The Vienna-based King Abdullah Bin Abdulaziz International Centre for Interreligious and Intercultural Dialogue (KAICIID) recently concluded a regional conference exploring the “Image of the Other” in intercultural and interreligious education in New Delhi, India.
On 26 September, the newly founded KAICIID Dialogue Centre, headquartered in the Austrian capital, provided a robust platform on which prominent policymakers, researchers and practitioners in the field of intercultural education, from across Asia and the Gulf region, examined how religion and faith-based learning can promote peace and understanding. Of particular focus was the role of education in advancing the universal values shared by all religions.
The one-day workshop was designed to strengthen regional cooperation, address gaps in intercultural education and seek solutions for problems encountered in the implementation phase. Also examined were the role of the state and NGOs, as well as that of policymakers in effective intercultural education. Participants noted that in order for interreligious education to be inclusive and effective, a greater focus on the integral role of women in religion was required. They also drew attention to the need to invest in training of educators and for the expanded use of creative and innovative methodologies.
As well as addressing the event, KAICIID Secretary General Faisal Bin Muaammar met with representatives from research institutions, intergovernmental bodies, educational establishments, religious organisations and civil society. He also engaged with policymakers and ambassadors from numerous Asian and Middle Eastern countries, and held a bilateral meeting with the Indian Vice President Mohammad Hamid Ansari.
“There is no doubt that we’re faced with grave challenges on the road to peace. Interreligious strife and the abuse of religion as a justification for violence continue to be causes of great concern across the global community”, the Secretary General said. “Dialogue is what connects followers of different religions and cultures. Today, its potent ability to produce a cohesive effect is taking on magnified importance in a changing world marked by growing division.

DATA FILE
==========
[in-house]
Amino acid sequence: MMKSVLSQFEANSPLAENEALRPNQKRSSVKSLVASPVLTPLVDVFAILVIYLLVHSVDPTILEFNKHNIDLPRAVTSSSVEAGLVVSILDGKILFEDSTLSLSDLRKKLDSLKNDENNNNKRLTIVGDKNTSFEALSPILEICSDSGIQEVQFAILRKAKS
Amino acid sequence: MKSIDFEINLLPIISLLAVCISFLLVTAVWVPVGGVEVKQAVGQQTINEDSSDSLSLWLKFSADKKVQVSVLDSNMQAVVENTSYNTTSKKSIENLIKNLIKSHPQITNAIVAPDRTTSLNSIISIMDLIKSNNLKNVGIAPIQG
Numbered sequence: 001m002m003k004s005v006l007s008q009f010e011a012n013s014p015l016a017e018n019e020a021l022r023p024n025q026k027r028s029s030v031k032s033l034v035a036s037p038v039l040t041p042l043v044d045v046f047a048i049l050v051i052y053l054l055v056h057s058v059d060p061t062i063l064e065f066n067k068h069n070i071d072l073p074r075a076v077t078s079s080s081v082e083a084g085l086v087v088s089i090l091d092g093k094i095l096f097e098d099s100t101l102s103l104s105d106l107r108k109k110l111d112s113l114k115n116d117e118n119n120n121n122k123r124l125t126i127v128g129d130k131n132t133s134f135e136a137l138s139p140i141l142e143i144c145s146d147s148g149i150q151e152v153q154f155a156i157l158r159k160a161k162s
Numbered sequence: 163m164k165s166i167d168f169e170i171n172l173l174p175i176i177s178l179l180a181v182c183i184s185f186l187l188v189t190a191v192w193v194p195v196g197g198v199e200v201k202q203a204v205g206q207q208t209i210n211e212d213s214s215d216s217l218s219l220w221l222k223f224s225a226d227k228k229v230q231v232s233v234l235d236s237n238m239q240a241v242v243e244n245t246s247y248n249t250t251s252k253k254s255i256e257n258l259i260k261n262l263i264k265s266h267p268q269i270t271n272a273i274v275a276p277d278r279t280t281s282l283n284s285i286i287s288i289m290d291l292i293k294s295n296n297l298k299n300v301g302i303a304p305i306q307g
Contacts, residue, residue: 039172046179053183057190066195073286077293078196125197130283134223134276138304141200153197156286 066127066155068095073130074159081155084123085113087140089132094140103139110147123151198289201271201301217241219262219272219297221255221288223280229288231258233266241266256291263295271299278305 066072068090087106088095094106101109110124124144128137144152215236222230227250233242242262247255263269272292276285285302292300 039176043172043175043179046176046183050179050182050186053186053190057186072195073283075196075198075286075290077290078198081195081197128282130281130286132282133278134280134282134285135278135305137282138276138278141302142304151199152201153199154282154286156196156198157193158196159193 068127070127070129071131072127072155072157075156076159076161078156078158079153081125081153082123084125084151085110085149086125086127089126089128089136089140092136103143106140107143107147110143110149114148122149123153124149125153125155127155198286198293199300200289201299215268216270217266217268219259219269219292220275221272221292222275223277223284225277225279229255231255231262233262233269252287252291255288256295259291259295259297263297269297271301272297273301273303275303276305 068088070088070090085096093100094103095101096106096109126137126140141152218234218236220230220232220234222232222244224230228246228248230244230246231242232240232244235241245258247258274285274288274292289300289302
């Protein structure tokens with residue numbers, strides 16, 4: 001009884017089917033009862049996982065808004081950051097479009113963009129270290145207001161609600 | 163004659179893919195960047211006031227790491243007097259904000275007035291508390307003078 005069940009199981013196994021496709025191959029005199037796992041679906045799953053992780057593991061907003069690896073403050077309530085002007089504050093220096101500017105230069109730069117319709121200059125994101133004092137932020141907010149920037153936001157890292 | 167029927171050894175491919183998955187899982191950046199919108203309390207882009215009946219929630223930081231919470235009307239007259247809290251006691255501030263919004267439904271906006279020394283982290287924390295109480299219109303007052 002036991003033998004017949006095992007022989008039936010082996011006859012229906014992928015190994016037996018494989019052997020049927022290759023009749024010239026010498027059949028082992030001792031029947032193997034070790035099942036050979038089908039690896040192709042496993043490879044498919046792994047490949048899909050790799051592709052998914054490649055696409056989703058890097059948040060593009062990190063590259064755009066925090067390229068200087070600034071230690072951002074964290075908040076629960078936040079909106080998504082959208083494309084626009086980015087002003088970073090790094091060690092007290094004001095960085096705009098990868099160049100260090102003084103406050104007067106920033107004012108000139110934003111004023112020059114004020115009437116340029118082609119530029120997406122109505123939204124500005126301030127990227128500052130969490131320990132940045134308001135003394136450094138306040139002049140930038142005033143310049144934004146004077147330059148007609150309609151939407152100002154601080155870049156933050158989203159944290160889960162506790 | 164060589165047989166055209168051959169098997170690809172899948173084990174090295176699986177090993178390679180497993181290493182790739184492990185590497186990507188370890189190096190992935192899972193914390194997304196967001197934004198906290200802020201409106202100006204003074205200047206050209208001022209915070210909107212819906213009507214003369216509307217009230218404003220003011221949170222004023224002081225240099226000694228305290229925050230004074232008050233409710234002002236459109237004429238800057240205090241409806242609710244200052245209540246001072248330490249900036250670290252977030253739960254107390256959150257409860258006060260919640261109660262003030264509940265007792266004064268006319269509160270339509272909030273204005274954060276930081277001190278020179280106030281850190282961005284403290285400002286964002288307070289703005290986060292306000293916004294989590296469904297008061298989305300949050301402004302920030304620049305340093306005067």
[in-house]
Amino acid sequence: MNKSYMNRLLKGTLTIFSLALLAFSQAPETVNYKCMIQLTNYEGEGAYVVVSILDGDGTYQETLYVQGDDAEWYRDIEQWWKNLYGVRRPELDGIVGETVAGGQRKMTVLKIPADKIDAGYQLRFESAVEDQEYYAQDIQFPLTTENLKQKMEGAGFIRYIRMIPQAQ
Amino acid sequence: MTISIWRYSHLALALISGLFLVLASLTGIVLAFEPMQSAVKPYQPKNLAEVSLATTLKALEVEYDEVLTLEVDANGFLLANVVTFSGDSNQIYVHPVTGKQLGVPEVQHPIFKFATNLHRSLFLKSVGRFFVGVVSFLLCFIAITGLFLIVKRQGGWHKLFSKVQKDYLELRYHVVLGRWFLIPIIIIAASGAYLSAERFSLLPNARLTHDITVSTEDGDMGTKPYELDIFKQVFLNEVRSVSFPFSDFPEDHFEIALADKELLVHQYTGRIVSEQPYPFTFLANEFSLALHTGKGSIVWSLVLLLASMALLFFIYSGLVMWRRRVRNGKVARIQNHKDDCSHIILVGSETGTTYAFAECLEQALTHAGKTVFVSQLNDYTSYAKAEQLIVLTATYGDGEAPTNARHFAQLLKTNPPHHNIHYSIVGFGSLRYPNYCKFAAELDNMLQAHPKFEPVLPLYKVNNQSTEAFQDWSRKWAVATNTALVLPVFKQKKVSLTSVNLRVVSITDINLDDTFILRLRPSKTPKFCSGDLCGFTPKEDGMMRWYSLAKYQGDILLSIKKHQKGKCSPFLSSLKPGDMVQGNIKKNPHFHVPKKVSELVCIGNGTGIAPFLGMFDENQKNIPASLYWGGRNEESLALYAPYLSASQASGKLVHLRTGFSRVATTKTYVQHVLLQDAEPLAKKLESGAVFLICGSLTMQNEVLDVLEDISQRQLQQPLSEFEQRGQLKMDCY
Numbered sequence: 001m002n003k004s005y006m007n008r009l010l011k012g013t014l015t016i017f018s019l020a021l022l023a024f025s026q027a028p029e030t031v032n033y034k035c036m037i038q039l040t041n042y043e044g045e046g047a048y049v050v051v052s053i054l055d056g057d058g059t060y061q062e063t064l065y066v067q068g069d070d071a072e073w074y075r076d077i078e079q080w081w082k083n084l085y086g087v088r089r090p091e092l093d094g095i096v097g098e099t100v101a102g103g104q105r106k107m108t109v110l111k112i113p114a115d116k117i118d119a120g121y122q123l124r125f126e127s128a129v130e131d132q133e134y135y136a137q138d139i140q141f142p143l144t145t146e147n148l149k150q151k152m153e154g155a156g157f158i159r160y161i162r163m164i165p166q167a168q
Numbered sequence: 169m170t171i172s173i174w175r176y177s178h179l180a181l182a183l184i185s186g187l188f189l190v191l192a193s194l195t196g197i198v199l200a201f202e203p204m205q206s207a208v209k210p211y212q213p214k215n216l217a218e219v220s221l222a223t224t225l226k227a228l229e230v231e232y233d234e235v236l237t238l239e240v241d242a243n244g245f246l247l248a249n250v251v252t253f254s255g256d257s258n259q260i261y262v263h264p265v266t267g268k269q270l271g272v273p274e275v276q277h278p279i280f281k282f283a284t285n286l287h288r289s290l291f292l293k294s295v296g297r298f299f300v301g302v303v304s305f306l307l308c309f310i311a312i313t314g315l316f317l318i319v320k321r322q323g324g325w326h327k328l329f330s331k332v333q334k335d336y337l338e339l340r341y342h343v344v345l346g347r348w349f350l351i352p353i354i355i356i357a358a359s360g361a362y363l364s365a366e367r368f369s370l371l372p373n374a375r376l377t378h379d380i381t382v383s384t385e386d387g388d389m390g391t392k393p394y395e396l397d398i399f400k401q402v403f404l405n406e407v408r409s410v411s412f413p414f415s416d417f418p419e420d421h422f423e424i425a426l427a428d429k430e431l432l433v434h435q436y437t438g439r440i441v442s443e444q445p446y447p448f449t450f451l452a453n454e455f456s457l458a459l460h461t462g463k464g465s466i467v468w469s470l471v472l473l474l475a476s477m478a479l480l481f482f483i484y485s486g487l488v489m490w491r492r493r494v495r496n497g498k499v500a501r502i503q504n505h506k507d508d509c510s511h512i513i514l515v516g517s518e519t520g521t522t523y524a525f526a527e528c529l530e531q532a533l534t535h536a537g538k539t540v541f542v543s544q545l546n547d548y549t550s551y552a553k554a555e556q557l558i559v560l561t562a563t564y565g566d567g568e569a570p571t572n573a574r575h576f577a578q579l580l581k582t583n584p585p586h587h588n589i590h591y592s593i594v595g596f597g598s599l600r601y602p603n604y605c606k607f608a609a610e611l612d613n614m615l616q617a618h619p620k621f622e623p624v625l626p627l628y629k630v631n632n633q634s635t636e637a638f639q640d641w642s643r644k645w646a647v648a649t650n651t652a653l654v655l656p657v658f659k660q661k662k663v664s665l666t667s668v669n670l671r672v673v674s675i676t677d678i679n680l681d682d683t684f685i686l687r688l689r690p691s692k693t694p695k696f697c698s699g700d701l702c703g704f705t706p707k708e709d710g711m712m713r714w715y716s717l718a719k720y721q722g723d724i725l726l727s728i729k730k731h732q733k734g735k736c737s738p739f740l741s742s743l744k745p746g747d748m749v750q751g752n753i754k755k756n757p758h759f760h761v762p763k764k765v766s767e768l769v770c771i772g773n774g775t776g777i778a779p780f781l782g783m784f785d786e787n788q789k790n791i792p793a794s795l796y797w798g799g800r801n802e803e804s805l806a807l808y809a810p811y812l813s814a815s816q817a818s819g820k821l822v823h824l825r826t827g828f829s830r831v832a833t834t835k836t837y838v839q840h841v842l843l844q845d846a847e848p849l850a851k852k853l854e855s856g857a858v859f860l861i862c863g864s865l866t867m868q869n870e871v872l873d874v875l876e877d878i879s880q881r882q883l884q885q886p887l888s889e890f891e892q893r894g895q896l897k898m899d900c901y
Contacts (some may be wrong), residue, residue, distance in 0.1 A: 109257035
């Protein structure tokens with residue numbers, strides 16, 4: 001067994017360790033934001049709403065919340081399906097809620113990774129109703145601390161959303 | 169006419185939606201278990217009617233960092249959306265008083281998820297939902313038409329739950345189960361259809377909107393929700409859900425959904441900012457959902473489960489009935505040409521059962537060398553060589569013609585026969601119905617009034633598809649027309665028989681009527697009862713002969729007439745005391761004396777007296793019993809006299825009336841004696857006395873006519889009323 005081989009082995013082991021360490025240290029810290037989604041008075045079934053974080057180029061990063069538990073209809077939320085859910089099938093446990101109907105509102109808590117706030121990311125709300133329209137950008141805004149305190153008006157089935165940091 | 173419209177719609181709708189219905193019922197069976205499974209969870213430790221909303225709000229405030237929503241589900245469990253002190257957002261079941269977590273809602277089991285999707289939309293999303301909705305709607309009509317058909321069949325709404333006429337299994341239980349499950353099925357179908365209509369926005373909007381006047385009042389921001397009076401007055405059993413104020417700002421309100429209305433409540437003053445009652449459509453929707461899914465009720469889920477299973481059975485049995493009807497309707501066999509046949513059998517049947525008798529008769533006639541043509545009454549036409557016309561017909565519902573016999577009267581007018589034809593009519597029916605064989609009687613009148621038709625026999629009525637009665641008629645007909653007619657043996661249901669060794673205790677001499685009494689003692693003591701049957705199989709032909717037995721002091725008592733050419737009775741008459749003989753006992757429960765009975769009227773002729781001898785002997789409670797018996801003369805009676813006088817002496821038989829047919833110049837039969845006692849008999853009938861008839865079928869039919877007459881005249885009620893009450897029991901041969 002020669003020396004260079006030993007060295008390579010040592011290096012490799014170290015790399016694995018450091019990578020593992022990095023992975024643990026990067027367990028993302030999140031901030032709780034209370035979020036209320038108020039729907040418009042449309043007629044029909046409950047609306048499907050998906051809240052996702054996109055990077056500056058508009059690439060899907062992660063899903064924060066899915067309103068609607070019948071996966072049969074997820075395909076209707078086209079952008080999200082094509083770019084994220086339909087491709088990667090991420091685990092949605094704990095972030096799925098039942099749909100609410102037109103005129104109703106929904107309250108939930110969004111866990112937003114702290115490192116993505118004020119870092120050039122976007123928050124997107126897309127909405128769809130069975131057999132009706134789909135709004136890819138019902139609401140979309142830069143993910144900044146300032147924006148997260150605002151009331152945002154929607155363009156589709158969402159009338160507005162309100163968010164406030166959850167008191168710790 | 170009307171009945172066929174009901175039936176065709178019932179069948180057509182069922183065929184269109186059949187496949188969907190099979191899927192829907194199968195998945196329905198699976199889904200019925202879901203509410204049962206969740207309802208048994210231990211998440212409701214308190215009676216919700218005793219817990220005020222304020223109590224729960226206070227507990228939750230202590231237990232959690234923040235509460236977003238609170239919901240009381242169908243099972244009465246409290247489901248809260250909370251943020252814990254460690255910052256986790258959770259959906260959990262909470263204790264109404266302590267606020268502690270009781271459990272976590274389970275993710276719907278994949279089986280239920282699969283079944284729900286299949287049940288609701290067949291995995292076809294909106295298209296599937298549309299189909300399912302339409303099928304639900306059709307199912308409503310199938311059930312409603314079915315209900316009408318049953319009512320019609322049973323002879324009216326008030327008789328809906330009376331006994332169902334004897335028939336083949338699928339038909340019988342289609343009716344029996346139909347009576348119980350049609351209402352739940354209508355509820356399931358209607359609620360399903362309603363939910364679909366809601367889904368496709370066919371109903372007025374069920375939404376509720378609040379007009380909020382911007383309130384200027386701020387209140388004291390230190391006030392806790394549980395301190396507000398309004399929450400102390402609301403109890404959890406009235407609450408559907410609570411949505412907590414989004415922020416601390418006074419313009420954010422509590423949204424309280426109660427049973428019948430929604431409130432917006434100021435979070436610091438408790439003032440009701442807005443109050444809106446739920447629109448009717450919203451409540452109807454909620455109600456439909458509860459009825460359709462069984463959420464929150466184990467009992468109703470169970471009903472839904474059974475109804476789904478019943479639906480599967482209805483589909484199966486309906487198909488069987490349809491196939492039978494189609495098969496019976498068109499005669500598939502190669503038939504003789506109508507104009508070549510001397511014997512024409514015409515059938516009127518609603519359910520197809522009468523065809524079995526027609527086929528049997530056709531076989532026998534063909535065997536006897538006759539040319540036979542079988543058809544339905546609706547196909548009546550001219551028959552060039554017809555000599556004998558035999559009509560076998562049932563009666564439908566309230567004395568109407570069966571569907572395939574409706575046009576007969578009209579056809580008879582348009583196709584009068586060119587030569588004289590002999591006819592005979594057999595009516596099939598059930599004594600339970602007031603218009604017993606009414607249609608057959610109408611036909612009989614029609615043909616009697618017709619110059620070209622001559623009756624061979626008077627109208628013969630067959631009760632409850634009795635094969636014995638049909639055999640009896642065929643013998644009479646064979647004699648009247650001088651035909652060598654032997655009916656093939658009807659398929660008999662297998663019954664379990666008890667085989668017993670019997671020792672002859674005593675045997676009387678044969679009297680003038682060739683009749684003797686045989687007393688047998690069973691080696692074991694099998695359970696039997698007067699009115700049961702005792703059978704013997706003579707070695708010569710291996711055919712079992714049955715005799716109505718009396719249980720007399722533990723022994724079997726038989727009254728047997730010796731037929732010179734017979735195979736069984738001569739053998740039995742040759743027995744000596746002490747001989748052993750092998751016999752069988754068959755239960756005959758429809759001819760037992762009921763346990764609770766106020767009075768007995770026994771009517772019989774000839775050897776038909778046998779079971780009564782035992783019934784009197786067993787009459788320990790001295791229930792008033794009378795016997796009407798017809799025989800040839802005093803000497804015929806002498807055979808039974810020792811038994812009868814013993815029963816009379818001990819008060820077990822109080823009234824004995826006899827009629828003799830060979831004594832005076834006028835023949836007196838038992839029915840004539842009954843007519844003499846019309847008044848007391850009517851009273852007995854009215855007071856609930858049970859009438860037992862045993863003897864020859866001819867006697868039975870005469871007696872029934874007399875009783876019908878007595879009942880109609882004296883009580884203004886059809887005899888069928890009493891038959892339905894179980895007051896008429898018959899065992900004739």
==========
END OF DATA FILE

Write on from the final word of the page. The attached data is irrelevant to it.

“Right now, KAICIID is developing a roadmap to benefit communities worldwide,” he said. “Our work on the Image of the Other explores how education impacts the way people perceive themselves and view others. It examines how practitioners in this important field can optimise results through cooperation and innovation.”
During the workshop sessions, participants stressed the need for religious education to provide space for learning about belief systems other than one’s own. It was agreed that there is a need for critical thinking through methods that actively promote interaction, cooperation and dialogue.
The New Delhi conference was the third in KAICIID’s series of four regional consultations taking place in 2013. The first two were held in Vienna, Austria and Addis Ababa, Ethiopia. A fourth takes place this month in Buenos Aires, Argentina. The year’s work will culminate in a KAICIID Global Forum on “Image of the Other” on 18 and 19 November in Vienna. The aim of the forum will be to highlight best practices and existing standards. At this meeting of the world’s leading influencers in interreligious and intercultural education, recommendations will be gathered to achieve the dual purpose of closer connecting the cross-border community of individuals actively engaged with these fields of learning, and decisively propelling their purpose forward.